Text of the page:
India’s Environmental Minister Jairam Ramesh recently placed a moratorium on the domestic cultivation of genetically-modified eggplant, known as brinjal in India, a move which puts an indefinite hold on the production of all GM food crops on Indian soil. His decision comes in response to public dissent and a lack of scientific evidence establishing the safety of GM crops.
The new policy halts Monsanto’s plans to expand its operations abroad through its Indian partner, Mahyco. Mahyco researchers developed a Bt brinjal that is resistant to natural pests, but data suggests that the new variety may pose a serious health risk to consumers. In one of the first insider critiques of Monsanto’s business practices, former managing director of Monsanto India, Tiruvadi Jagadisan, accused the company of using “fake scientific data” to push their GM aubergine through government regulatory agencies (see full story in India Today). According to his testimony, India’s Central Insecticide Board accepted data from Monsanto without assuring its accuracy or double-checking the company’s assertions.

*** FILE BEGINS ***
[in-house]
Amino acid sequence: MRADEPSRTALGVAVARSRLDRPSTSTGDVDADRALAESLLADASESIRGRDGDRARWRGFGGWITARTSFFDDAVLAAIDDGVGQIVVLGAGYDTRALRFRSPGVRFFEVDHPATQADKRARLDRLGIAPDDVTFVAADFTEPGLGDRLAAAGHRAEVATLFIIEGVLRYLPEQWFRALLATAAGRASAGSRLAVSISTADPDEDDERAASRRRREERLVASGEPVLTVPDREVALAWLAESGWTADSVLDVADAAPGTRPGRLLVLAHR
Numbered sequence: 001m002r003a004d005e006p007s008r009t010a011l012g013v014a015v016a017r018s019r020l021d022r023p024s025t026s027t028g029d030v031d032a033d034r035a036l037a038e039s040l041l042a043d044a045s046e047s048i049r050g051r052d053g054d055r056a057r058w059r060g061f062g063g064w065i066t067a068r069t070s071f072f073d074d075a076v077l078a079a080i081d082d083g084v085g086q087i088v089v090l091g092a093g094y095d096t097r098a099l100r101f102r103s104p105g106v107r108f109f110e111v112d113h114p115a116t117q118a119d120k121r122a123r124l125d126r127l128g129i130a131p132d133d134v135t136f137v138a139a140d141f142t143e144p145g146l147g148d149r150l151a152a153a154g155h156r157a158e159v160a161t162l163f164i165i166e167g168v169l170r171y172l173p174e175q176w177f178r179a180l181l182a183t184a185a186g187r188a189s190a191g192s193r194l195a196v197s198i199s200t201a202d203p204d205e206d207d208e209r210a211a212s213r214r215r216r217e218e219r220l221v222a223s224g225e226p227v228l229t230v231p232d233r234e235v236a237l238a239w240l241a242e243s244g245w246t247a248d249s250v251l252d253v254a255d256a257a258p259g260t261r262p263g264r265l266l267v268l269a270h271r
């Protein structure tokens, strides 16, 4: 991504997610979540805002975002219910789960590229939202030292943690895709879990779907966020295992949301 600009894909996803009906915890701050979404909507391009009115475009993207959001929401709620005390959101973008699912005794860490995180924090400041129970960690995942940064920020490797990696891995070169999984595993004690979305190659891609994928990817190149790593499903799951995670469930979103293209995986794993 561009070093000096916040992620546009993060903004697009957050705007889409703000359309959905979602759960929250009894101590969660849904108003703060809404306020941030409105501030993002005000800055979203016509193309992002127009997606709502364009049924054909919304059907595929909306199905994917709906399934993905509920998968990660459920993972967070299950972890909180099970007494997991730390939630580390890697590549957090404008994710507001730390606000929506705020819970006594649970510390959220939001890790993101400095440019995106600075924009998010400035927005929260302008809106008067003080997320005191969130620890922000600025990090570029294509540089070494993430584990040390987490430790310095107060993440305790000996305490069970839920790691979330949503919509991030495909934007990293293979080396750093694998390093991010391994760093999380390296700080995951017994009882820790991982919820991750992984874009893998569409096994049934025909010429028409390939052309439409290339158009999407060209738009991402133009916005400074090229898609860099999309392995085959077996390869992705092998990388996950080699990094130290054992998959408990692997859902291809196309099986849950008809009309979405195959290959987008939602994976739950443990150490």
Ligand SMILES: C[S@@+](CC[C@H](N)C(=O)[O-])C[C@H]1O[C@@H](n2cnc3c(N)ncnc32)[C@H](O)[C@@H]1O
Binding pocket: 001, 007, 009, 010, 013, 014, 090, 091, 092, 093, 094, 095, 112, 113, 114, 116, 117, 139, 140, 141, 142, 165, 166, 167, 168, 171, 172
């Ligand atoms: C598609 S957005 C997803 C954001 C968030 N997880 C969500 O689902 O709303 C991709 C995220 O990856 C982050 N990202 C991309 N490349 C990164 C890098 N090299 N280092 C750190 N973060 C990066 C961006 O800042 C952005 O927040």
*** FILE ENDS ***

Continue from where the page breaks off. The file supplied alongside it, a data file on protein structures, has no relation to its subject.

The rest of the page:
Mr. Ramesh said that, although the decision was difficult, he wanted to be both “responsible to science and responsive to society” (see full story in BBC News). The moratorium will stand until further testing proves GM technology safe to both customers and the environment.